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The Gift of Life, Umbilical Cord Blood

The Lubbock Avalanche-Journal, July 6, 2007

This month you will read about umbilical cord blood banking and the pros and cons surrounding the process considering the fact that July is National Cord Blood Awareness Month. Patient education campaigns have been launched by the American Association of Pediatrics, he National Marrow Donor Program, and other national organizations.

If you are a soon-to-be parent, you are also probably familiar with ads and brochures that inform you how baby's umbilical cord blood could give hope to a patient with a blood disorder or that invite you to bank your baby's umbilical cord blood as a form of insurance for future medical needs. Despite these campaigns, many parents have questions and remain confused about the entire process.

The placenta and developing fetus are connected by a tube called the umbilical cord. The baby's placenta along with the umbilical cord is spontaneously expelled out of the mother's body by the uterus after a child is born. The placenta and umbilical cord are typically discarded after the cord has been cut to detach it from the new born baby.

Stem cells, which are "mother" cells that can develop into the majority of the components that make up platelets, white blood cells, and red blood cells, are found in abundance in the blood inside the umbilical cord. Like those previously obtained from bone marrow, these stem cells are similar.

Another new source for these precious life saving cells can now be umbilical cord blood that has been harvested and preserved. Unlike embryonic stem cells, there are no controversial implications to harvesting umbilical cord blood. The destruction of embryos, or the practice of cloning, is not associated with cord blood stem cells.

The use of stored umbilical cord blood has been exclusively limited for use in stem cell transplants. Frequently used for the treatment of a variety of serious illnesses such as some types of bone marrow failure, cancer, lymphomas, immune deficiency, leukemias, and anemias, stem cell transplants are also known as bone marrow transplants. In order to determine if the stem cells can be utilized to treat other types of illness, intense research is currently being conducted around the world.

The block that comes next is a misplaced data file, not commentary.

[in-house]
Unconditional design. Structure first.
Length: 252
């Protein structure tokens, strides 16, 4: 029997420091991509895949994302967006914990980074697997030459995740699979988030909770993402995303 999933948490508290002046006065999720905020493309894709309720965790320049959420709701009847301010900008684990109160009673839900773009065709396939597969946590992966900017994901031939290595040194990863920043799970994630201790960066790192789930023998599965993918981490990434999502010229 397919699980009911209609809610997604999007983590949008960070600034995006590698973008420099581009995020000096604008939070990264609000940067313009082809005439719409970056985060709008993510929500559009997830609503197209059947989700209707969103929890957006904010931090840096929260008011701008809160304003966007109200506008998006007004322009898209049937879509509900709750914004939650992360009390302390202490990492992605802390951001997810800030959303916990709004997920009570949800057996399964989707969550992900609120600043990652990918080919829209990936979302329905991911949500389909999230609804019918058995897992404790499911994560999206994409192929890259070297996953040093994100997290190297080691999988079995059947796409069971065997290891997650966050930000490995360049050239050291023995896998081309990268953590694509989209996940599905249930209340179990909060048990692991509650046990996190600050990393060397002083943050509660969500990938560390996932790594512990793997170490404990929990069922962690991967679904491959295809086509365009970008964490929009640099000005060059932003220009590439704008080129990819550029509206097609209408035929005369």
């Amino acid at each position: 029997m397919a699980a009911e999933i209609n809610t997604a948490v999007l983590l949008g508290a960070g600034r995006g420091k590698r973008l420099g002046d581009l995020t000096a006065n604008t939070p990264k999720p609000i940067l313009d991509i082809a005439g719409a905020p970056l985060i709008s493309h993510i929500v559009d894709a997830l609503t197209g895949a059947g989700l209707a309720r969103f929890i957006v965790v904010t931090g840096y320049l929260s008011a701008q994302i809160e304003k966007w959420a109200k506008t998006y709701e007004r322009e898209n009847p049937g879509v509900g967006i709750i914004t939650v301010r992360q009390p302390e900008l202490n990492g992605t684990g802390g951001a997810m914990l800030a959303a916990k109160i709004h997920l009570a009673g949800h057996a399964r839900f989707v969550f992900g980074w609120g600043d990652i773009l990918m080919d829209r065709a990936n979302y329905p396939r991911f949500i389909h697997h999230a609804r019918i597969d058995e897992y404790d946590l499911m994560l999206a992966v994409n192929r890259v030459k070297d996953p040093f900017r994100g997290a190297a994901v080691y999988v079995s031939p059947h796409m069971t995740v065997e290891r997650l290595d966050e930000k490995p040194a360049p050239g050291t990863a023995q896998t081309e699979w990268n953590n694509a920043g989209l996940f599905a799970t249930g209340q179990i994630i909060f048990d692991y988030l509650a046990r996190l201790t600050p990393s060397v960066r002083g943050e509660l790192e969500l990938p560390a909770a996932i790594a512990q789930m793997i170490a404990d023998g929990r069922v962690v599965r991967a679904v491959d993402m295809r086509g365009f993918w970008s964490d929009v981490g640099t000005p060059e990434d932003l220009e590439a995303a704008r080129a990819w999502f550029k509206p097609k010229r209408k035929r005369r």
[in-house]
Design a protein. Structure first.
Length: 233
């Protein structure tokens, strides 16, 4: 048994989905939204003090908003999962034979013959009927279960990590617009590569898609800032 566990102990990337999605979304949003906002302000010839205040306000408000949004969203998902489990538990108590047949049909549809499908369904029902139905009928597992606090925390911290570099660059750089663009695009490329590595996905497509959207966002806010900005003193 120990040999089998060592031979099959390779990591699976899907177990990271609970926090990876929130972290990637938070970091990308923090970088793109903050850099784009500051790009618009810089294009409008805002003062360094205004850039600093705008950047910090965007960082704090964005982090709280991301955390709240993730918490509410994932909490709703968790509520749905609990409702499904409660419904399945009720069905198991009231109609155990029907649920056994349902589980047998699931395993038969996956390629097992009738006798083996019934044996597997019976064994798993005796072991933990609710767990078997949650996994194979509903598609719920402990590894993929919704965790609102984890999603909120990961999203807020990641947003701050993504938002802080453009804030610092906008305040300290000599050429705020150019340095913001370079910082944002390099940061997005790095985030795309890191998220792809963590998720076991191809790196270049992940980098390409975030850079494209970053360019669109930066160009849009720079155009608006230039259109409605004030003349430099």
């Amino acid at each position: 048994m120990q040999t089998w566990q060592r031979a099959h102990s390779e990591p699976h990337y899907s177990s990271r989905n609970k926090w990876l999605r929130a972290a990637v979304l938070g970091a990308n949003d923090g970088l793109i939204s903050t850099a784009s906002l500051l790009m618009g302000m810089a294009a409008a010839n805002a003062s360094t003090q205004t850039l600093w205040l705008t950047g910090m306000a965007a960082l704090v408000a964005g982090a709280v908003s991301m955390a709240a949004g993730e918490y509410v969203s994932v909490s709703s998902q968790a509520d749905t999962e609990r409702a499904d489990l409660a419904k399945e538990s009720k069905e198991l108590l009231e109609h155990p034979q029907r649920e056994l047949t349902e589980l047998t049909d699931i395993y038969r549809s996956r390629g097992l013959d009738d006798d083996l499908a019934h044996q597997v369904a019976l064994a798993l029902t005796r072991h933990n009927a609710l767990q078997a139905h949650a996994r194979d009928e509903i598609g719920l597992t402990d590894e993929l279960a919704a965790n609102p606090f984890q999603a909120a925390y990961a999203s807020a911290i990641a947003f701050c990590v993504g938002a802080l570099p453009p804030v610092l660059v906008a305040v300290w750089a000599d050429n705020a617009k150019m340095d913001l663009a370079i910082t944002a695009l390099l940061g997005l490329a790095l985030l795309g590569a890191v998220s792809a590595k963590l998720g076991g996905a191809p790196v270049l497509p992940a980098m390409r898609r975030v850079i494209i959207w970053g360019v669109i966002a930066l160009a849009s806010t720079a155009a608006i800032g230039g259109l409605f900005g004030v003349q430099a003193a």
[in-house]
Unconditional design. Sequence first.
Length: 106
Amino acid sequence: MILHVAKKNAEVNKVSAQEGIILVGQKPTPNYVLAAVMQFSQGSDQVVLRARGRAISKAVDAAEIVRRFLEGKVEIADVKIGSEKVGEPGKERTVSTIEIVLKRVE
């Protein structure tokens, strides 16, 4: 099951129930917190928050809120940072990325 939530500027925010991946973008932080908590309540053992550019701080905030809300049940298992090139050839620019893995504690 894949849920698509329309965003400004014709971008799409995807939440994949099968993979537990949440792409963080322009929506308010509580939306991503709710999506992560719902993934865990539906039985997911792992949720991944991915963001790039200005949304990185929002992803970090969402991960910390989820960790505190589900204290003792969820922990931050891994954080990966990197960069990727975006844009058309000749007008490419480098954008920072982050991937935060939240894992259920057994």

Patients are most likely to match someone of their same race and ethnicity because tissue type is inherited. This is according to the National Donor Marrow Program. Thus, Hispanic or Latino donors, American Indian or Alaskan Native, Black or African American, Hawaiian or other Pacific Islander, and Asian donors are all in high demand.

In the United States, the number of umbilical cord blood banks, both public and private, are limited. More banks are currently in the planning stages so the numbers are expected to rise in the near future.

There are two types of cord blood banks, private and public, and each has their advantages and disadvantages.

Privately stored cord blood ensures that the blood will be reserved for your family's use if it would ever be needed in the future, however, other individuals who could possibly benefit from the cord blood stem cells would not have access to it.

Using umbilical cord stem cells, public cord blood banks further research into medical treatments. Transplants for non-relatives are also possible with public banks since they make donated cord blood stem cells available for transplant to anyone in need.

Donated cord blood stored in a public facility is no longer the property of the donor, and cannot be reserved for your baby or family's use in the future. The public banks serve those patients who do not have an adult unrelated donor or matching family member.

At the Southwest Cancer Center at Texas Tech, six cord blood stem cell transplants saved the lives of six patients just over the past year. Delivered mothers who had babies from different locations around the country, the cord blood units were all donated.

No risk to the mother or baby is associated with the medically safe practice of donating umbilical cord blood. The option is a personal one, and just like any other medical procedure, a decision should be made after consultation and due consideration. But the choice to save, donate, or discard umbilical cord blood will soon be available to all new and expecting parents.


 

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